As it happens, I am writing this from the thirteenth floor of an upscale financial tower, gently gazing out the window into the windows of the offices in the other upscale financial towers containing people who are gently gazing out of their windows and I think, There is more sun here than I would expect.
This is not where I usually spend my days. But it is where I am today.
When I took my first bite I immediately spit it out reflexively. I couldn't believe it...it was rancid! But then, I realized...it wasn't. It was...imported. And laced with pesticides and who knows what else. The average American would never know the difference.
And it occurred to me, as I swallowed my pride and my toxic kiwi, that when you get right down to it, life is nothing but a series of sacrifices. Moment by moment, we weave a tapestry of trade-offs, releasing something we want for something we want more. Something we should do for something we must. Someone we love for someone we need. Comforts that soothe for truth that compels.
And it occurred to me that the people who are Really Good At Life have always known this. You know who I'm talking about: those magical beings who appear to skip effortlessly through existence, celebrating each day in an inexhaustible state of ease and abundance, welcoming one success after another with nary a hair out of place. They are simply excellent mathematicians, or statisticians or risk assessors or what have you. They look at a situation, any decision - big or small - and they know exactly how much it will cost.
I vaguely remember someone (a magazine article? wise ex-boyfriend? stranger at a party?) suggesting once that happiness was linked to the proportional relationship of reality measured against expectations. There are a lot of holes in this theory which I won't bother to explore, but the concept itself is quite interesting.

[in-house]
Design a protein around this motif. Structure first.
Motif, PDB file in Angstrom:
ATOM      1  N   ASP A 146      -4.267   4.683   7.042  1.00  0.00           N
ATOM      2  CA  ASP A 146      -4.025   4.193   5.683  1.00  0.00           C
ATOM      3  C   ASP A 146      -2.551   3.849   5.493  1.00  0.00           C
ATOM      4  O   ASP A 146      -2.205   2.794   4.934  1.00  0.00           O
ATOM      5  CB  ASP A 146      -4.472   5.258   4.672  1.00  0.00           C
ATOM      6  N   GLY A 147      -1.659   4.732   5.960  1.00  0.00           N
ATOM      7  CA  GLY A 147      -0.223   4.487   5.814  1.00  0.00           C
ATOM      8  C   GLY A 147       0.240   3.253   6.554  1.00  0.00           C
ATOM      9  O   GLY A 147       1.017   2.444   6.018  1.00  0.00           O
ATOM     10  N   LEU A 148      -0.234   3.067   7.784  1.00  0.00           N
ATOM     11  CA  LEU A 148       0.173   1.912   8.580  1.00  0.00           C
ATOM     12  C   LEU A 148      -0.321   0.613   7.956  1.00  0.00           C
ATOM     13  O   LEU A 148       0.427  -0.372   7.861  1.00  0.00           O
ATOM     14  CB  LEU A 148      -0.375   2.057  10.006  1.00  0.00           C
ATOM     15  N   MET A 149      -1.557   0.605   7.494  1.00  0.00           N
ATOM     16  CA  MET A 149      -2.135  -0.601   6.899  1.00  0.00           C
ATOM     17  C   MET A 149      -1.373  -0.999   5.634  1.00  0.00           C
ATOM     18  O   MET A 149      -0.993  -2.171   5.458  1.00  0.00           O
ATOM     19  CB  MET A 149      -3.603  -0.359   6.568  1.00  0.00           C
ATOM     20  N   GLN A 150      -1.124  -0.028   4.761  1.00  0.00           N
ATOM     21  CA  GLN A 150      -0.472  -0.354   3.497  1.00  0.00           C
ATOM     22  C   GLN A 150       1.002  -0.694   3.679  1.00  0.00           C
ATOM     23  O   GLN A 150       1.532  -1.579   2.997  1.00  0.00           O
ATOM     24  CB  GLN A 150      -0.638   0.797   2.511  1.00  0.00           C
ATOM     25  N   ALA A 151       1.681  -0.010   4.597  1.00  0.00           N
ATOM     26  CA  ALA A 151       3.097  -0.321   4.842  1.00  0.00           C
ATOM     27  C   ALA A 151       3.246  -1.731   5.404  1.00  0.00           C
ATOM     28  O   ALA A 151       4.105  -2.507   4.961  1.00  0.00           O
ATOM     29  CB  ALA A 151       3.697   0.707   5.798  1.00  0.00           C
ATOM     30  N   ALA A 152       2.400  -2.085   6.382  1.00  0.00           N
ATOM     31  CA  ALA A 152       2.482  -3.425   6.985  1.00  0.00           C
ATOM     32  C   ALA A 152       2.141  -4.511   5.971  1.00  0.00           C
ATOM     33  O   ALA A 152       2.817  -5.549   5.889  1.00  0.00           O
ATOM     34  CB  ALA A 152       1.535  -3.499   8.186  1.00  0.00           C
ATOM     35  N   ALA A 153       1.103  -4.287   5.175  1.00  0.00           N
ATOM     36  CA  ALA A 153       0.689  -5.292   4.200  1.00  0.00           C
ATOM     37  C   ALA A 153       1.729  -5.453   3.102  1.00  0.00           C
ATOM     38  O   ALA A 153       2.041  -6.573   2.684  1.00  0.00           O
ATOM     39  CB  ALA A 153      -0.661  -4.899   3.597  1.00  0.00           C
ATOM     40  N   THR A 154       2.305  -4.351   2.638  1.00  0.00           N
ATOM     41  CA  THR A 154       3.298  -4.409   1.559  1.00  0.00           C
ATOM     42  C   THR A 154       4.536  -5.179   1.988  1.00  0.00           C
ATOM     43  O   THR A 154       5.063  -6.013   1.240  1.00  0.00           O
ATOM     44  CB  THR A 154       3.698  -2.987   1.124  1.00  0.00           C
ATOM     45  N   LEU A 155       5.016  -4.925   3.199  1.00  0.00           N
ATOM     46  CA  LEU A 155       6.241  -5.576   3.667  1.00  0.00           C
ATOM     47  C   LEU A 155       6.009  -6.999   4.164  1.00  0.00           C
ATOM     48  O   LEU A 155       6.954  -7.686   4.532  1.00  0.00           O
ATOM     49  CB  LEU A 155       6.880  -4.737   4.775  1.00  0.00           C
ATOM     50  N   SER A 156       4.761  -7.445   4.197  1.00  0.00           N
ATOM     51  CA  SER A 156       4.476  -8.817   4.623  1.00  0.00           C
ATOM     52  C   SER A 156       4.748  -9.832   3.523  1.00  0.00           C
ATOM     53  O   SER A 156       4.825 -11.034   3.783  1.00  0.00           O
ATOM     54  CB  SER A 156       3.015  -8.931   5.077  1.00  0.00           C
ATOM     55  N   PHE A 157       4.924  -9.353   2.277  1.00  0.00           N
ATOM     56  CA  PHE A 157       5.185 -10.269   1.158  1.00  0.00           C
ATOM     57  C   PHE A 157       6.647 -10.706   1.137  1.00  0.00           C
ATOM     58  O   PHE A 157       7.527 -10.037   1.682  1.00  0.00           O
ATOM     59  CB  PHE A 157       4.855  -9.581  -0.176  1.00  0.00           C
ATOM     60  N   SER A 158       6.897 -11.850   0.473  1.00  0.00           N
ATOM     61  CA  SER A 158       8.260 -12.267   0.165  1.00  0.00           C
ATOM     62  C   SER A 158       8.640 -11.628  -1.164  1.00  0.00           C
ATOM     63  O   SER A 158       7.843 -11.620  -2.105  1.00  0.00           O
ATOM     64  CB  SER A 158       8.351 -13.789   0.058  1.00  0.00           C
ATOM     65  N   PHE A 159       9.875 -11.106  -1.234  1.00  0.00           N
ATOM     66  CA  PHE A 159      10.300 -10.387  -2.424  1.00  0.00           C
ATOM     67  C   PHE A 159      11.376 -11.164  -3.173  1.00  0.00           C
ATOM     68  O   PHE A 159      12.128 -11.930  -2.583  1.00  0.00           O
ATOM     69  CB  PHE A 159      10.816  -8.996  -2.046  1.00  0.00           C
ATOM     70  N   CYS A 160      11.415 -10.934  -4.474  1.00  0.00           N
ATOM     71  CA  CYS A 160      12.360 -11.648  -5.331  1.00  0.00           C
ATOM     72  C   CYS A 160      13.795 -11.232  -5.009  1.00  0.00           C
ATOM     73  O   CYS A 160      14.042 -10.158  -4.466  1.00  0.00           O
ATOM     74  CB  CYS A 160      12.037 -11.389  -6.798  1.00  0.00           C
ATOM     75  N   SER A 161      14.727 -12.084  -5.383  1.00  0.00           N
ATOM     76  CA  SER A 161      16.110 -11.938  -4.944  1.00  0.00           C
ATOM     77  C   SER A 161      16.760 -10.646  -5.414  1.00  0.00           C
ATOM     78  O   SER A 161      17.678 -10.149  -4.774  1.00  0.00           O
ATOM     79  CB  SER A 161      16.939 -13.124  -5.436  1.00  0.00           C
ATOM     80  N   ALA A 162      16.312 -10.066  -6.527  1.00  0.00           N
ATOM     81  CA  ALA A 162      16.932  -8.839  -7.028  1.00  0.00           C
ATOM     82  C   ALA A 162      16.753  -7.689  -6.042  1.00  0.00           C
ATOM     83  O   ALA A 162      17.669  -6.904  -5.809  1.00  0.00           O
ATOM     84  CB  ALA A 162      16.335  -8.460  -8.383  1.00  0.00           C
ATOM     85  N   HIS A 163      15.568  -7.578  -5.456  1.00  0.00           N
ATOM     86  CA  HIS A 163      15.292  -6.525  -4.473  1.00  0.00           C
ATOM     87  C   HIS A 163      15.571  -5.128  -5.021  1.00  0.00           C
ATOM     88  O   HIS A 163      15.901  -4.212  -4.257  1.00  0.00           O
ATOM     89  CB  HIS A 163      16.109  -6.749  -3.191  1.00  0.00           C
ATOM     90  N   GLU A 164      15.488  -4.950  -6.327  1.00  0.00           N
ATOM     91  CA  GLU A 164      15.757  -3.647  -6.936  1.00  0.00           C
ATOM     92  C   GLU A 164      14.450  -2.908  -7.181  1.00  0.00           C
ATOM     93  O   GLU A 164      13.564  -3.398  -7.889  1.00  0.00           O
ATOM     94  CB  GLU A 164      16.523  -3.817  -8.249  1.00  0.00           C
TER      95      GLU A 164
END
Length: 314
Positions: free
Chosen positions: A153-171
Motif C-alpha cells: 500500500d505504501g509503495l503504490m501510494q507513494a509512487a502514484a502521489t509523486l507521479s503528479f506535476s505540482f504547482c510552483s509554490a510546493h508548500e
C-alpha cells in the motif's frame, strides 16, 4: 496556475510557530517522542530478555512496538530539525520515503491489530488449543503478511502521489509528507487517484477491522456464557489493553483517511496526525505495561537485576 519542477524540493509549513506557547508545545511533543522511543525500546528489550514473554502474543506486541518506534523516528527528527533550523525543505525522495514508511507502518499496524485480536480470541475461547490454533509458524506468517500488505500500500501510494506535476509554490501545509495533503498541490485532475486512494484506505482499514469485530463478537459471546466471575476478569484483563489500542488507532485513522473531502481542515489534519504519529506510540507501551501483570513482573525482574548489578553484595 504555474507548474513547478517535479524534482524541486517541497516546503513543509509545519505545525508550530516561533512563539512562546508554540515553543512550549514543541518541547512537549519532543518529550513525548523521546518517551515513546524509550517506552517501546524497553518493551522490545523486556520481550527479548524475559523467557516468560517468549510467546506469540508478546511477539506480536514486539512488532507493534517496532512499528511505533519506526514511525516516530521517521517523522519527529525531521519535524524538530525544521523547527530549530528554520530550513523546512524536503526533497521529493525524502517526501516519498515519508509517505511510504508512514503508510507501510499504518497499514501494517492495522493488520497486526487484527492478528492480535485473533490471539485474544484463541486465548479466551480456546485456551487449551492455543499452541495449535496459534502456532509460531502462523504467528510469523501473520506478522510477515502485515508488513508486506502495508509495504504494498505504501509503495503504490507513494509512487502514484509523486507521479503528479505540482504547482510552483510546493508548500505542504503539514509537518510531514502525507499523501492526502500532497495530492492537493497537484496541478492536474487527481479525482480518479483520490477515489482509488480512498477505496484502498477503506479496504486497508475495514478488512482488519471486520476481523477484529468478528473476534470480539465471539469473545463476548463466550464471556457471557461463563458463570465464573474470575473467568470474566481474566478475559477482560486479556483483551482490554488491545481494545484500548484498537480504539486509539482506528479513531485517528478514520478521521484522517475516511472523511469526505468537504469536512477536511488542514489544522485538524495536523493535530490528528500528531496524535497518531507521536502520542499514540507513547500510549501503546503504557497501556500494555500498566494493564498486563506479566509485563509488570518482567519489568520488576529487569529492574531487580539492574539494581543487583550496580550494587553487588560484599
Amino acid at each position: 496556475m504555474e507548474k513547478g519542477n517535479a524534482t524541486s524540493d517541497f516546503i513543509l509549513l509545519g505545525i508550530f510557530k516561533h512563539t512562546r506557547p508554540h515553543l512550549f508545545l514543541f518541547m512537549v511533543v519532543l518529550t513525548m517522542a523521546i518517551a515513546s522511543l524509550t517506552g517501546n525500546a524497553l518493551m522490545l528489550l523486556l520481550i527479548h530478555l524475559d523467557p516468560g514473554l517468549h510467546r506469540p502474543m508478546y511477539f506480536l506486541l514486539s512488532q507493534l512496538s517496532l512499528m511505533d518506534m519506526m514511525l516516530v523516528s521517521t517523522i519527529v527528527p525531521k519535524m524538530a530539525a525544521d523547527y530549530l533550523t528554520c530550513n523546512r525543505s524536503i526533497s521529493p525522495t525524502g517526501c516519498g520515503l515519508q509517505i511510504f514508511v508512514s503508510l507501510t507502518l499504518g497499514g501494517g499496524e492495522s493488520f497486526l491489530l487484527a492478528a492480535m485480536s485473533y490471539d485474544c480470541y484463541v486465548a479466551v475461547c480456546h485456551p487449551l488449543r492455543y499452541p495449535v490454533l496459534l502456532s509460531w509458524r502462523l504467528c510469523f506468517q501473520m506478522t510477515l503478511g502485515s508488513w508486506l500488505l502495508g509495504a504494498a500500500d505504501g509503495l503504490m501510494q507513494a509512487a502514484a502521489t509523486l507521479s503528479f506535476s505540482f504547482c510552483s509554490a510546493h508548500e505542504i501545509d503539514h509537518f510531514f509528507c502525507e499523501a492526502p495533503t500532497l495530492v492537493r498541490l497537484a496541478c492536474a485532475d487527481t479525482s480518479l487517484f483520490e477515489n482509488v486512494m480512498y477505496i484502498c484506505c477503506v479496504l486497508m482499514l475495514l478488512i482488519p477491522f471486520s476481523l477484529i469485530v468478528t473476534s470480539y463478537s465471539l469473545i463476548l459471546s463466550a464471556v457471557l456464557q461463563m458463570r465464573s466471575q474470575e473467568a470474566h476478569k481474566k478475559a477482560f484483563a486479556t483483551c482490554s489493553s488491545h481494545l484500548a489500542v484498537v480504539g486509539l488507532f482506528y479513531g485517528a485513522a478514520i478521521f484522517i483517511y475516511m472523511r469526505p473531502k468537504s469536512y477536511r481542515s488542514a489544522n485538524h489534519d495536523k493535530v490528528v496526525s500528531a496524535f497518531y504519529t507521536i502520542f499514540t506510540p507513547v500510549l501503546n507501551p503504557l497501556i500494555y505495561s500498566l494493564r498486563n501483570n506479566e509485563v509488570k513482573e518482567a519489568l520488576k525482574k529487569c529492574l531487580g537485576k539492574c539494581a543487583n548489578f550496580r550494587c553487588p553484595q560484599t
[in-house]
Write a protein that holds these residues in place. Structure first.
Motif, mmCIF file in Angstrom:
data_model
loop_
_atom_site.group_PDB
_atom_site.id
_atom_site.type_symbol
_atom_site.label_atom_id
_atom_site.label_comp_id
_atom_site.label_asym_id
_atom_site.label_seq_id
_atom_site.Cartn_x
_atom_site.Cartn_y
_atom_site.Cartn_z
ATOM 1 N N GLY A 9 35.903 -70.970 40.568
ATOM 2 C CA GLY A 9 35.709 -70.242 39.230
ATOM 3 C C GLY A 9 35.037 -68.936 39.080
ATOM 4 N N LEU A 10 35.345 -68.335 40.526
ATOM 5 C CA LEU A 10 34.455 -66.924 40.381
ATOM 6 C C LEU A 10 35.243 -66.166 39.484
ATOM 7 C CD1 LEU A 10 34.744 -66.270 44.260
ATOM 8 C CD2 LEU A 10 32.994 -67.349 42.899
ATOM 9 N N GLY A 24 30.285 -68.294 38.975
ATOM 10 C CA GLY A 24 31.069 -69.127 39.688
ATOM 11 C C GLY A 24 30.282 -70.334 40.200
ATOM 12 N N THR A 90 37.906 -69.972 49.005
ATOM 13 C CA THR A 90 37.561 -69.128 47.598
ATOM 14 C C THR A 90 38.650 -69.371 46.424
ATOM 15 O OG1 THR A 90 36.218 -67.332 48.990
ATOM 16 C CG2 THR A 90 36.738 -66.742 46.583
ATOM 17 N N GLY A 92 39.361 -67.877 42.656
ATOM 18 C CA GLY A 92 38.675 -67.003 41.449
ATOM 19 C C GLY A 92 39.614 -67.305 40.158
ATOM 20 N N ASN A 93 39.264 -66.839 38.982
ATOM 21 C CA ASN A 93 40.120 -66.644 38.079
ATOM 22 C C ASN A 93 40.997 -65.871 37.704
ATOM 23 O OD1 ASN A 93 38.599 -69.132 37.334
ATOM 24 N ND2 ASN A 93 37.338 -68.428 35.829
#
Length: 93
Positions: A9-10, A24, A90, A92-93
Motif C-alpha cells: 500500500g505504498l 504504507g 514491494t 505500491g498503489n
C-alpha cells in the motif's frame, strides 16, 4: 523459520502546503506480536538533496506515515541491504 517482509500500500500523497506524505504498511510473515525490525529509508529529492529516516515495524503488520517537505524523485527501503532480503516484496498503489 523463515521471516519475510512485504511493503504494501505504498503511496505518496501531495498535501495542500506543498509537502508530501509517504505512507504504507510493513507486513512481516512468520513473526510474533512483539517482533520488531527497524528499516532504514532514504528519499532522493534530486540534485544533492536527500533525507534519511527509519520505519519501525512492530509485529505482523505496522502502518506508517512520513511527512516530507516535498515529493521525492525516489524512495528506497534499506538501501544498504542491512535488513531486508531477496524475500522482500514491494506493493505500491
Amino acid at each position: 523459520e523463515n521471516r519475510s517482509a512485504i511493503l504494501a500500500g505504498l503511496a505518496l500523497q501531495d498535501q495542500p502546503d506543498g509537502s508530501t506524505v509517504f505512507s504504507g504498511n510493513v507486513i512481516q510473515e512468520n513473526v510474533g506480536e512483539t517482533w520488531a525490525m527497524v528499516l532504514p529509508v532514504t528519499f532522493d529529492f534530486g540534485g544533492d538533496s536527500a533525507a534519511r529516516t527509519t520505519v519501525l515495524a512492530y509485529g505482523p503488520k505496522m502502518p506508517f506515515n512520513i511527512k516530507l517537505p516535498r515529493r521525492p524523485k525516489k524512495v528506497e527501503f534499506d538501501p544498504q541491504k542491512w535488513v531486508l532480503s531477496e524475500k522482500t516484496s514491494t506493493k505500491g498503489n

My parents love to tell the story of when I was six or seven and I came home from school crying because the teacher had introduced a math lesson on a topic I didn't already understand. They asked if I understood after the teacher had gone through the lesson and sniffling I told them I did, but I was still so embarrassed and frustrated that I didn't know it all when the class had started. So trying not to laugh they had to explain that actually the point of school was not just to practice stuff you already knew but to learn new things you had never even heard of before and apparently I was incredulous...but comforted in the end.
That was a long time ago now, and I am pleased to report I have since become an expert in undertaking endeavors for which I am not remotely skilled or qualified at the outset, so having no idea what the hell is going on the vast majority of the time is now a very comfortable, familiar feeling to me.
But as I take time to consider these Really Good At Life people, I can't help but wonder whether there is only a simple mathematical skillset between us. The ability to look at each moment, person, crisis, opportunity and decide how much it's worth, how much it costs, what it will yield, what risk it carries and then perhaps even more importantly, the ability to decide, quickly and definitively, how to proceed.
Decision-making has never been my strong suit, either. A wildly successful CEO I once knew reminded me once of the Latin root of the word, and that essentially it means to cut yourself off from any other option. Otherwise it's not really a "decision" at all. That struck me deeply at the time and has stuck with me. I browsed a Tony Robbins' book once and I remember his suggestion to practice making small decisions that don't matter every day, so that you build up this decision-making muscle inside you for when you really need it.
So perhaps it's really that that the magical people have going for them, and they're not really expert Risk Assessors at all. They just know how to make a call and move on. Moment to moment.
Because a moment is all it takes for a plane to come crashing through a window and change the world forever. Because life is only one moment after the next, after all.
Where are you hesitating?